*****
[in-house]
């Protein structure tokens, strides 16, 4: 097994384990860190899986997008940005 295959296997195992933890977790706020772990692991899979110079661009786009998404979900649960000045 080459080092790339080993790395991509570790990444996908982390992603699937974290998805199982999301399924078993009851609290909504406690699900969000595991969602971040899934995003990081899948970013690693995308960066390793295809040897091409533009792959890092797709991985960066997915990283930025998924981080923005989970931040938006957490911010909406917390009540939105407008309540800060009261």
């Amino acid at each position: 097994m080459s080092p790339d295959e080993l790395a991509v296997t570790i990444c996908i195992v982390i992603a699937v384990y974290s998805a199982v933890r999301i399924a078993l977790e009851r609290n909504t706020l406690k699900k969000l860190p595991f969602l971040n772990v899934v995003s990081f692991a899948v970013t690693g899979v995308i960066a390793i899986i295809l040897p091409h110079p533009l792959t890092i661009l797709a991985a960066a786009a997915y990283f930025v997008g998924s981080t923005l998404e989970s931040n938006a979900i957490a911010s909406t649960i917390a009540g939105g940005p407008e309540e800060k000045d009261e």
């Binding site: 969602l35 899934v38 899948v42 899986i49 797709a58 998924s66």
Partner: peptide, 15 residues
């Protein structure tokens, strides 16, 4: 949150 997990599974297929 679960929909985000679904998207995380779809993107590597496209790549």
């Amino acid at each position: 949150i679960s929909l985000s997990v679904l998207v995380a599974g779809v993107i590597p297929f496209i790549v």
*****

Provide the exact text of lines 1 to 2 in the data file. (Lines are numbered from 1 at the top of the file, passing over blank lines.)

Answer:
[in-house]
């Protein structure tokens, strides 16, 4: 097994384990860190899986997008940005 295959296997195992933890977790706020772990692991899979110079661009786009998404979900649960000045 080459080092790339080993790395991509570790990444996908982390992603699937974290998805199982999301399924078993009851609290909504406690699900969000595991969602971040899934995003990081899948970013690693995308960066390793295809040897091409533009792959890092797709991985960066997915990283930025998924981080923005989970931040938006957490911010909406917390009540939105407008309540800060009261």